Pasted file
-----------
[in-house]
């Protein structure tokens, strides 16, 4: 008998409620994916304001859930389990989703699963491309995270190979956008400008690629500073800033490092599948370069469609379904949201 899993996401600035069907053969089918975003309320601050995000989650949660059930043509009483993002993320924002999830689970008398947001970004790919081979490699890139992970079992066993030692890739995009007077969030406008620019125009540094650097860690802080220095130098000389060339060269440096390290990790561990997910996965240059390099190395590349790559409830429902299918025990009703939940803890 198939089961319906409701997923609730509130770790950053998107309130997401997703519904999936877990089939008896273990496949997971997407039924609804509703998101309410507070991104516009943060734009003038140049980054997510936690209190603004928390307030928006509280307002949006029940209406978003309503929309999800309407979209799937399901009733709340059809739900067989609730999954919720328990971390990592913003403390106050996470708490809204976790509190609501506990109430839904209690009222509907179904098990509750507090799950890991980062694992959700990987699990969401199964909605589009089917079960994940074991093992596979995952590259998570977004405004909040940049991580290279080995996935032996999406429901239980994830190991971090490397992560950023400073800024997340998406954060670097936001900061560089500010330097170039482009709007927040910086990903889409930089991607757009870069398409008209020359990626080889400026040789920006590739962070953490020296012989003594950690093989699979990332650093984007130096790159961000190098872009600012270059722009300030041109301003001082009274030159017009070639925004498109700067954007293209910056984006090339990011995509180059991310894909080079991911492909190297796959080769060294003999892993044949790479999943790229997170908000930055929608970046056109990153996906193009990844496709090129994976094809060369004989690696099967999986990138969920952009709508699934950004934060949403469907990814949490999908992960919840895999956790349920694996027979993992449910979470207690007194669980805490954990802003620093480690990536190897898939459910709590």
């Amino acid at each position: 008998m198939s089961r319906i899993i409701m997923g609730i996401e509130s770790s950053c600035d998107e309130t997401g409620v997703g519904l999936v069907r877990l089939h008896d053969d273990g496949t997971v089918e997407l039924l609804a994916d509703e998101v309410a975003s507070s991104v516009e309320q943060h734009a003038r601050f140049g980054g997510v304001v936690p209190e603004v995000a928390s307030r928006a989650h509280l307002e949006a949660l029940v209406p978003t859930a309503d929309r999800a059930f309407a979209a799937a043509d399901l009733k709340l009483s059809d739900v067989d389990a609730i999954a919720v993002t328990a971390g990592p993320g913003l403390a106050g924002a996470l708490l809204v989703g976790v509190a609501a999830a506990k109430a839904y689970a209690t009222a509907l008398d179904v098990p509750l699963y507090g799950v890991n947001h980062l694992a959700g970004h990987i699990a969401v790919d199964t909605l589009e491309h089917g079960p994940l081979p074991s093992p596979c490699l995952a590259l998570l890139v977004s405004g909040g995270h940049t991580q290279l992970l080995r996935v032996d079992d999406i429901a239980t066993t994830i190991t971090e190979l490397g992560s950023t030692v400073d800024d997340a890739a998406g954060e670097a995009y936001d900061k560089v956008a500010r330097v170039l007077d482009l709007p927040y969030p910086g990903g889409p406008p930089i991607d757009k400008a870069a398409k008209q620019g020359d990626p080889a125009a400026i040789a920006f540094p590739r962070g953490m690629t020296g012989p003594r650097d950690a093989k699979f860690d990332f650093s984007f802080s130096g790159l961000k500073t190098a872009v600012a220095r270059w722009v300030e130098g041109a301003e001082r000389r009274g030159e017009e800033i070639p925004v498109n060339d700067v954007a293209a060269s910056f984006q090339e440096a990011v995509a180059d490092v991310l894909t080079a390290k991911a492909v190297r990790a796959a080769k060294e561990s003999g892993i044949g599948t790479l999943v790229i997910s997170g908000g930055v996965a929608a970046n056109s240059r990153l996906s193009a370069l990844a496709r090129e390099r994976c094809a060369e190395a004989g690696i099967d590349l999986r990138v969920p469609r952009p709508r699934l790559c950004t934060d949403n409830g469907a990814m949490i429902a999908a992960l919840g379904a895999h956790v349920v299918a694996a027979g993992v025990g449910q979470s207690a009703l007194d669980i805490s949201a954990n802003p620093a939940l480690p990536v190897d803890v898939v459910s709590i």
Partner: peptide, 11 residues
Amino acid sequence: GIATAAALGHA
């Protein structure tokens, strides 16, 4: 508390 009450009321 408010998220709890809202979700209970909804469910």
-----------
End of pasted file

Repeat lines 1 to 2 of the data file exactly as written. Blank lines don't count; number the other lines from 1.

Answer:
[in-house]
């Protein structure tokens, strides 16, 4: 008998409620994916304001859930389990989703699963491309995270190979956008400008690629500073800033490092599948370069469609379904949201 899993996401600035069907053969089918975003309320601050995000989650949660059930043509009483993002993320924002999830689970008398947001970004790919081979490699890139992970079992066993030692890739995009007077969030406008620019125009540094650097860690802080220095130098000389060339060269440096390290990790561990997910996965240059390099190395590349790559409830429902299918025990009703939940803890 198939089961319906409701997923609730509130770790950053998107309130997401997703519904999936877990089939008896273990496949997971997407039924609804509703998101309410507070991104516009943060734009003038140049980054997510936690209190603004928390307030928006509280307002949006029940209406978003309503929309999800309407979209799937399901009733709340059809739900067989609730999954919720328990971390990592913003403390106050996470708490809204976790509190609501506990109430839904209690009222509907179904098990509750507090799950890991980062694992959700990987699990969401199964909605589009089917079960994940074991093992596979995952590259998570977004405004909040940049991580290279080995996935032996999406429901239980994830190991971090490397992560950023400073800024997340998406954060670097936001900061560089500010330097170039482009709007927040910086990903889409930089991607757009870069398409008209020359990626080889400026040789920006590739962070953490020296012989003594950690093989699979990332650093984007130096790159961000190098872009600012270059722009300030041109301003001082009274030159017009070639925004498109700067954007293209910056984006090339990011995509180059991310894909080079991911492909190297796959080769060294003999892993044949790479999943790229997170908000930055929608970046056109990153996906193009990844496709090129994976094809060369004989690696099967999986990138969920952009709508699934950004934060949403469907990814949490999908992960919840895999956790349920694996027979993992449910979470207690007194669980805490954990802003620093480690990536190897898939459910709590």